“Portfolio rebalancing is akin to tuning an instrument, where every component plays a crucial role in achieving harmonious results. Trimming the excesses and redirect funds into underperforming assets, ensures that your risk-return equilibrium remains intact. This calculated approach of buying low and selling high has the potential to bolster long-term returns.

“There isn’t a right or wrong assets mix or so-called asset allocation, but you do want to settle on the best investment mix for your situation and needs such as your goals, age and risk tolerance.

“The old rule of thumb used to be that you should subtract your age from 100 - and that's the percentage of your portfolio that you should keep in shares. For example, if you're 20, you should keep 80% of your portfolio in shares.”

5) Review your pension amid impending changes

Reviewing your pension in the new year is a prudent financial practice that can yield significant benefits. Doing so is all the more important in 2024, with a slew of changes that may force many to rethink their current retirement plans set come into effect. The abolition of the pension lifetime allowance, the introduction of the ‘pot for life’ initiative announced in the Autumn Statement and the state pension boost are among the notable changes scheduled for implementation in April.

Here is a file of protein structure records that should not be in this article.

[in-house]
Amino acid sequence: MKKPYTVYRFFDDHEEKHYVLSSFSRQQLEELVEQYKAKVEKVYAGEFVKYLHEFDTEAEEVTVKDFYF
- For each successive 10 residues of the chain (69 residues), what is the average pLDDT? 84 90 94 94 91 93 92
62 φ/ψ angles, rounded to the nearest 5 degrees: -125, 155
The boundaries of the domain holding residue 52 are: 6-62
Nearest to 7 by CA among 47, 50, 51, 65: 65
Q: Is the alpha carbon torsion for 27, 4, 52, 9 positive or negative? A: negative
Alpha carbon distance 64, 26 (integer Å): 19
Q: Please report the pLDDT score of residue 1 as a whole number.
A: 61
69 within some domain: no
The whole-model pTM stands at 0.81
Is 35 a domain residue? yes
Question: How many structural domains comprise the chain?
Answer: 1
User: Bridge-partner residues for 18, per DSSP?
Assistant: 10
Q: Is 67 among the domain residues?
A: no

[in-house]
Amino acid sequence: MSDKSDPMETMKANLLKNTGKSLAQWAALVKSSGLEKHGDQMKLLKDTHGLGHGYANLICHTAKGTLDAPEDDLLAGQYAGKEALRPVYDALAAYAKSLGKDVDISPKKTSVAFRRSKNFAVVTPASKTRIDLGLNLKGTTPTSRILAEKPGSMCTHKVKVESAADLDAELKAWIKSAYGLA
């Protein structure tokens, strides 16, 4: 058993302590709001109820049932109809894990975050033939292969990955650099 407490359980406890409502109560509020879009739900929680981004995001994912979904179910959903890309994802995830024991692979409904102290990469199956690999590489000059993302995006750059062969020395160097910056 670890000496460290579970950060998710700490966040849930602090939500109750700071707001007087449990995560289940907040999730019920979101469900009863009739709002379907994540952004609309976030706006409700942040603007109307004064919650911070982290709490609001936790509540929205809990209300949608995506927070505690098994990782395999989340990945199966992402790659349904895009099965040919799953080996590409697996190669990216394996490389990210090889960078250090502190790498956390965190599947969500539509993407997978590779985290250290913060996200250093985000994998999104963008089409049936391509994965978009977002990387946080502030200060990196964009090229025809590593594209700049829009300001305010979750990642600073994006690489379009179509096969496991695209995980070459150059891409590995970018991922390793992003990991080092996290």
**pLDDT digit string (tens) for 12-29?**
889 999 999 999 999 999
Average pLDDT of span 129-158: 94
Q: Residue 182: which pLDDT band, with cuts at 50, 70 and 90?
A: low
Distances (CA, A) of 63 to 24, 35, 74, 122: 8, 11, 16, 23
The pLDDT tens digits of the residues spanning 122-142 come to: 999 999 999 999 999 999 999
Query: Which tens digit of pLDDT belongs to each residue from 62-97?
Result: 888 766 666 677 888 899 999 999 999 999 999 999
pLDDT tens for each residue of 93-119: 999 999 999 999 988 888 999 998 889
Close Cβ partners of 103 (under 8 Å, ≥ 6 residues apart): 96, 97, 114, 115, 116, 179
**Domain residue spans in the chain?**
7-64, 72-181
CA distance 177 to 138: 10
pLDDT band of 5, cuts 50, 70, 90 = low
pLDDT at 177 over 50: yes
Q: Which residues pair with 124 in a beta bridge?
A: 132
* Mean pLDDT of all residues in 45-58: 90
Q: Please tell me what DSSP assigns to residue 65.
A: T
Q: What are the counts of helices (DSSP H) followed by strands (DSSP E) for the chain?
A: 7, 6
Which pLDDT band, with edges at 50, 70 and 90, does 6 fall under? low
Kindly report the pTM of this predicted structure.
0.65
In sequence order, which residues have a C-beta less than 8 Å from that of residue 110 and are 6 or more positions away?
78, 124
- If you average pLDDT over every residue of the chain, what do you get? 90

“By staying informed about market trends and potential changes in pension regulations, you can make informed decisions and manage the necessary tweaks.”

6) Consider estate planning